The Loss Of Humanity In Shakespeare's Macbeth

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All humans aim to be successful in life, many literary pieces demonstrate how people will do anything in order to gain success, or stay alive. Many are consumed by the idea of advancing in society and in power, and this leads to people to lack both loyalty to others and moral standards. Many literary pieces demonstrate that humans are driven by both self gain and self preservation, and sometimes the obsession with this idea leads many to lack morals and cast away loyalties. All humans hope to advance their position in life at some point, and for many success is considered the driving factor of existence. Society is set up so that the higher up you are the better your life will be, this ideal leads to many casting away moral standards in order …show more content…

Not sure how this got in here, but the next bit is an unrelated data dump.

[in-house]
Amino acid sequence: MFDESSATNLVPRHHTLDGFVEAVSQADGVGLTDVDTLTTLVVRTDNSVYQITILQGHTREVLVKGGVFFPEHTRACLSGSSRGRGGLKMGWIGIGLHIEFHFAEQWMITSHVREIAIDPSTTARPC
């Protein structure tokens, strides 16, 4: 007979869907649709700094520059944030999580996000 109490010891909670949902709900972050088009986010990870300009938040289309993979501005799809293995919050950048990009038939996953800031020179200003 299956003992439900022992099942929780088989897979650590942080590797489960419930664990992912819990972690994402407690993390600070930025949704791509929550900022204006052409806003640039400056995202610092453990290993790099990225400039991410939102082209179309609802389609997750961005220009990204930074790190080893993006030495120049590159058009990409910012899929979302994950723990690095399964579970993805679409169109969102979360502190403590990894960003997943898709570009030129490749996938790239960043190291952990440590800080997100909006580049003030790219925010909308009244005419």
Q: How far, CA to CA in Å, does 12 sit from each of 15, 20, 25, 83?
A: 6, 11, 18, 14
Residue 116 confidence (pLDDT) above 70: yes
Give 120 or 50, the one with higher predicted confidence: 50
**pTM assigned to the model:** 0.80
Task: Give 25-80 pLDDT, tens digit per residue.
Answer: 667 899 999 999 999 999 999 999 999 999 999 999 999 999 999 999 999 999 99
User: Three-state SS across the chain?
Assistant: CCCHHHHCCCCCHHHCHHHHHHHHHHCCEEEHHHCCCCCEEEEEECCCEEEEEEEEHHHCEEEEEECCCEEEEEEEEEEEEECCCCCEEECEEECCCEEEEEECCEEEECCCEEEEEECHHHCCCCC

Dying means the end to all of the success someone has obtained, and many people will do anything in order to remain in control. In Macbeth, macbeth gains the title of king, but he is threatened by the prophecy of the witches. Macbeth realises that anything in his way risks the loss of his power, and he is willing to do anything in order to remain in power, “No son of mine succeeding. If ’t be so, For Banquo’s issue have I filed my mind; For them the gracious Duncan have I murdered” (Macbeth III, i, 67). Macbeth is willing to kill his once best friend, Banquo, because he believes that Banquo is the last tie to anything that can threaten his power. He demonstrates self-preservation by his wild actions in order to remain in power. The force that drives his behavior leads him to abandoning once close loyalties. Self-preservation is also seen in people who will do anything to stay alive, not just keep power. Frankenstein realises that his monster has ruined his life, and sees the malicious crimes that the monster has committed. “‘I consent to your demand, on your solemn oath to quit Europe forever, and every other place in the neighbourhood of man, as soon as I shall deliver into your hands a female who will accompany you in your exile’” (Shelley 150). Frankenstein knows that the monster is capable of murdering others, but he still agrees to create another monster because his life, and the life of others he loves are threatened. Frankenstein is willing to create another monster in order to stay alive, disregarding moral standards for a second time to create another monster. Self-preservation leads many to disregard moral ideas and cast away loyalties in order to maintain power or stay

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